Thursday, January 28, 2010

The Good Samaritan

There was a buzz in my ears and my head went light. There were strange creatures in my stomach…and my heart skipped a beat.
(No, I wasn’t about to experience the Mills-and-Boonsy first kiss. Have been married for 3 yrs…what were you thinking?)

It is just that being “good” sometimes makes you sick (especially if you are out of practice). This time, literally.

I had bravely volunteered to donate blood in response to an email at work, urging employees to be noble. Am sure the sudden popularity of vampires (thanks to Twilight and True Blood) has made blood donation pretty fashionable. But my reasons were different (am too old to buy vampire stories or santa clauses). I volunteered just for the experience…and of course, to feel good about doing something good.

It was pretty amusing in the start, especially answering questions like:

  • Have you had male-to-male sex? (which was a compulsory question irrespective of your gender!)
  • Have you ever been paid for having sex i.e. received gifts, cash etc? (Amit does give me flowers occasionally…does that count?)
  • Have you had un-protected sex with multiple partners? (with my luck, NO!!)

Anyway, our group entered the Australian Red Cross office at 10.30am. We would be done by 11.30am at the most, we were told. We all had meetings to go back to. So we were donating two things really…our blood and our time. Having worked for some blood-sucking companies in India, this would be cake-walk.
Or so I thought!

After a formal round of interview with a handsome and kind Red Cross officer (I was beginning to reap the harvest of my noble work already), I had my blood pressure, blood iron content and body weight measured. What I lacked in the first two, I sufficiently made up in the last.

And then I lay in a reclining chair, watching Australian Open on a Plasma screen in front of me. There were at least 50 other people lying on similar chairs, elbows resting on colourful cushions and holding spongy balls to squeeze on to ensure a rhythmic flow of blood. You could make out between first timers like me, who clinched their fists and put in more effort than needed to look relaxed. And then there was the “been-here-done-this” category who chatted and laughed with the nurses.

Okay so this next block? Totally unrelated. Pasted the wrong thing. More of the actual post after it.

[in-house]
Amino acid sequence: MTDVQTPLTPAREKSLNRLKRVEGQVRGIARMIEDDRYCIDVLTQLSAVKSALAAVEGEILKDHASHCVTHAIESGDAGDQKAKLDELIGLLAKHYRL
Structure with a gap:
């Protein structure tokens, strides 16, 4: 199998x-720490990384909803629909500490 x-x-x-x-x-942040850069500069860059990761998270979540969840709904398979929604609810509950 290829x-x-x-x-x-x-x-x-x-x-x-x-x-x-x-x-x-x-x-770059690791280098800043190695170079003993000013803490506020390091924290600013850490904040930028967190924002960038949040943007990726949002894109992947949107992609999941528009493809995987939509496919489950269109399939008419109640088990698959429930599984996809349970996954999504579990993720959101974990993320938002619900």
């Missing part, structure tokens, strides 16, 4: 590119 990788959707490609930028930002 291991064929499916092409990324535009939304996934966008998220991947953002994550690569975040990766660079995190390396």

I was doing pretty well, I was told. Except one time that my blood flow wasn’t enough and the nurse told me to change the rhythm at which I squeezed the ball (sounds pretty gross…but that’s exactly what he told me). So I changed the rhythm…and the happy corpuscles oozed out in joy, as if liberated from a body they didn’t fancy much.

When the 500ml pouch was filled to capacity, the needle was removed. I felt a funny buzz in my ears…and the cells on my face seemed to dance a little. But in 5 minutes, I was fine and I headed to the cafeteria for some refreshments.

I asked for a cold coffee…and the next minute, someone was telling me to quickly lie on the floor with my legs up on the chair. This rocks, I thought. Not only free refreshments, but a free body massage as well!! But before I realised, people started fussing over me. Someone fanned me…a colleague made sure my skirt wasn’t on top of my head in the incorrigible position (thank god I was wearing my tights underneath!)…someone said “Call a nurse”, while the one who was fanning me, snapped back “I AM a nurse”. I hadn't a clue what the chaos was about…but I couldn’t stop laughing either. A wheelchair arrived from somewhere and I sat on it, feeling happily dizzy. By this time, my colleagues had caught my contagious laughter…and I caught one of them holding her stomach while she laughed. At this, another nurse asked her “Are you feeling sick too?” And she couldn’t stop laughing to muster a decent reply.

Anyway, I left that chaotic scene on a wheelchair. I was taken to a small corner with curtains all around (guess that was because they didn’t want to scare off the other donors). They took my blood pressure, and it was considerably low. I had managed to stop laughing by now and stared at the blood pressure measuring machine, praying for some decent score. No luck, still. Seconds turned into minutes. I was forced to eat two chocolates (They said “It’s good for you”…wow, no one has ever said that before. I was falling in love with the place). After about 20 minutes, the monitor looked happy and I was allowed to go.

How my colleagues blackmailed me (with posting pictures on facebook, or at least the intranet, of me lying on the floor with my skirt up, laughing like one possessed) is another story. But they also said that just before I …errr…”took the floor” my face went white as paper and I did not respond to a question someone was asking me. How could I? I was concentrating on the buzz in my ears. That’s when they realised I was crankier than I usually am.

Only last week I was telling a friend that I haven’t been blogging for a while because nothing “interesting” seems to happen around me anymore. As they say, be careful what you ask for!


Madmax said...

Jeez ! Be careful ! .. Paakami korte ke bolechilo :-) .. But an awesome read, as usual .. I loved the 3 questions that they asked you .. Ha ! Those were hilarious :-)

Shoma said...

I'm so glad to have you back here and writing :)

At the blood donations we organized in coll, people probably thought we were going to infuse them with the some anthrax or some bovine plague or something instead of taking whatever li'l anorexic blood that they may even have had! Who knows?!